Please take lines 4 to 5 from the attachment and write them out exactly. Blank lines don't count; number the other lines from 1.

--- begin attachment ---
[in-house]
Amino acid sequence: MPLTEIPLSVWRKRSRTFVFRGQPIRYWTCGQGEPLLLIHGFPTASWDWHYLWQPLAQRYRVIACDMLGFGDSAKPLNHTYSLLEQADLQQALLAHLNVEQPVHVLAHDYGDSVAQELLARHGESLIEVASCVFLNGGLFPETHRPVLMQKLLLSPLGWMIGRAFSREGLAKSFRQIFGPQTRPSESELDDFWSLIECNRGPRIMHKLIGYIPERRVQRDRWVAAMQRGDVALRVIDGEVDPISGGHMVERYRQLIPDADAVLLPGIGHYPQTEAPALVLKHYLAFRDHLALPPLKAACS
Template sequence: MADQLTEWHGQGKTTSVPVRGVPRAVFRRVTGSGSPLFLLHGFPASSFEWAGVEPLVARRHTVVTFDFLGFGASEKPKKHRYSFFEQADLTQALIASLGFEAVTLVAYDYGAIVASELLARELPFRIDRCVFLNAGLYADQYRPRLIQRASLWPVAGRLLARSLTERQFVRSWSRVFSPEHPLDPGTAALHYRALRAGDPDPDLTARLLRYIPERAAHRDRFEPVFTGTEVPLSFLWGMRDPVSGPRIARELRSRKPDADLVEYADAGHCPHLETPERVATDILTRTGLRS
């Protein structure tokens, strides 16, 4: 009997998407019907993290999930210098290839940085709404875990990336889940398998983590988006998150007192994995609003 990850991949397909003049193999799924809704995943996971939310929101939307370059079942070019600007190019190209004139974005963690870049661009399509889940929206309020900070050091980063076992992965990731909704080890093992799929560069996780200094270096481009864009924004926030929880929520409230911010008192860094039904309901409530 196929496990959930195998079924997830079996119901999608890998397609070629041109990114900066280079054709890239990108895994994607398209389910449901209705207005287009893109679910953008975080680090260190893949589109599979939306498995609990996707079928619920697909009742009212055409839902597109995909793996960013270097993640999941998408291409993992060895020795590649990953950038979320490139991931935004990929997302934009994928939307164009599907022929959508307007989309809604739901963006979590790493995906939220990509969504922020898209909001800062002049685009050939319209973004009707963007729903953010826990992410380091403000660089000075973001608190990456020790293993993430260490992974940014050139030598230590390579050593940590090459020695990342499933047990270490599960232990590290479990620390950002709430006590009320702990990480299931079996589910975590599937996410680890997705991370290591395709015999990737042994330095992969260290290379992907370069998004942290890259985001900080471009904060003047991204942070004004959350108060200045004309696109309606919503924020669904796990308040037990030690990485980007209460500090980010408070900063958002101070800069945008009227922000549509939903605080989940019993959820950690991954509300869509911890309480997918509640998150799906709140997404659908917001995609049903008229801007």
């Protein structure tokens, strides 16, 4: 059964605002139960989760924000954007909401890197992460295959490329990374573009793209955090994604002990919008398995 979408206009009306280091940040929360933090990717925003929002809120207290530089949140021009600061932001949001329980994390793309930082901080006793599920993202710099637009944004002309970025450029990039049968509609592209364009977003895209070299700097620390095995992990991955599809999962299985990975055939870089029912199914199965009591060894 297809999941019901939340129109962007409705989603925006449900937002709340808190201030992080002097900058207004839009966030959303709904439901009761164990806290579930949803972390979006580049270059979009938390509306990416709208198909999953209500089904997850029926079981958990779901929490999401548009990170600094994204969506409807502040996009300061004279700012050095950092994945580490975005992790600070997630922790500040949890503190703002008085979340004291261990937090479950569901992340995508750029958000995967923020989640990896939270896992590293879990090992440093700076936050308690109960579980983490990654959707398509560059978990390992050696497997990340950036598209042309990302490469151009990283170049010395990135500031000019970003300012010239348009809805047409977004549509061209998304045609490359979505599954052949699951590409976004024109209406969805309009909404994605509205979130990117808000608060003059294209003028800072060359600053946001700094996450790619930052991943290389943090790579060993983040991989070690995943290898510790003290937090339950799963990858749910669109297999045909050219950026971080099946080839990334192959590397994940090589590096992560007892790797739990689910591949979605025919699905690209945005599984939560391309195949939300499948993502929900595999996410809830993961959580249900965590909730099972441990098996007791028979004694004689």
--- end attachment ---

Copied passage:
């Protein structure tokens, strides 16, 4: 009997998407019907993290999930210098290839940085709404875990990336889940398998983590988006998150007192994995609003 990850991949397909003049193999799924809704995943996971939310929101939307370059079942070019600007190019190209004139974005963690870049661009399509889940929206309020900070050091980063076992992965990731909704080890093992799929560069996780200094270096481009864009924004926030929880929520409230911010008192860094039904309901409530 196929496990959930195998079924997830079996119901999608890998397609070629041109990114900066280079054709890239990108895994994607398209389910449901209705207005287009893109679910953008975080680090260190893949589109599979939306498995609990996707079928619920697909009742009212055409839902597109995909793996960013270097993640999941998408291409993992060895020795590649990953950038979320490139991931935004990929997302934009994928939307164009599907022929959508307007989309809604739901963006979590790493995906939220990509969504922020898209909001800062002049685009050939319209973004009707963007729903953010826990992410380091403000660089000075973001608190990456020790293993993430260490992974940014050139030598230590390579050593940590090459020695990342499933047990270490599960232990590290479990620390950002709430006590009320702990990480299931079996589910975590599937996410680890997705991370290591395709015999990737042994330095992969260290290379992907370069998004942290890259985001900080471009904060003047991204942070004004959350108060200045004309696109309606919503924020669904796990308040037990030690990485980007209460500090980010408070900063958002101070800069945008009227922000549509939903605080989940019993959820950690991954509300869509911890309480997918509640998150799906709140997404659908917001995609049903008229801007």
């Protein structure tokens, strides 16, 4: 059964605002139960989760924000954007909401890197992460295959490329990374573009793209955090994604002990919008398995 979408206009009306280091940040929360933090990717925003929002809120207290530089949140021009600061932001949001329980994390793309930082901080006793599920993202710099637009944004002309970025450029990039049968509609592209364009977003895209070299700097620390095995992990991955599809999962299985990975055939870089029912199914199965009591060894 297809999941019901939340129109962007409705989603925006449900937002709340808190201030992080002097900058207004839009966030959303709904439901009761164990806290579930949803972390979006580049270059979009938390509306990416709208198909999953209500089904997850029926079981958990779901929490999401548009990170600094994204969506409807502040996009300061004279700012050095950092994945580490975005992790600070997630922790500040949890503190703002008085979340004291261990937090479950569901992340995508750029958000995967923020989640990896939270896992590293879990090992440093700076936050308690109960579980983490990654959707398509560059978990390992050696497997990340950036598209042309990302490469151009990283170049010395990135500031000019970003300012010239348009809805047409977004549509061209998304045609490359979505599954052949699951590409976004024109209406969805309009909404994605509205979130990117808000608060003059294209003028800072060359600053946001700094996450790619930052991943290389943090790579060993983040991989070690995943290898510790003290937090339950799963990858749910669109297999045909050219950026971080099946080839990334192959590397994940090589590096992560007892790797739990689910591949979605025919699905690209945005599984939560391309195949939300499948993502929900595999996410809830993961959580249900965590909730099972441990098996007791028979004694004689």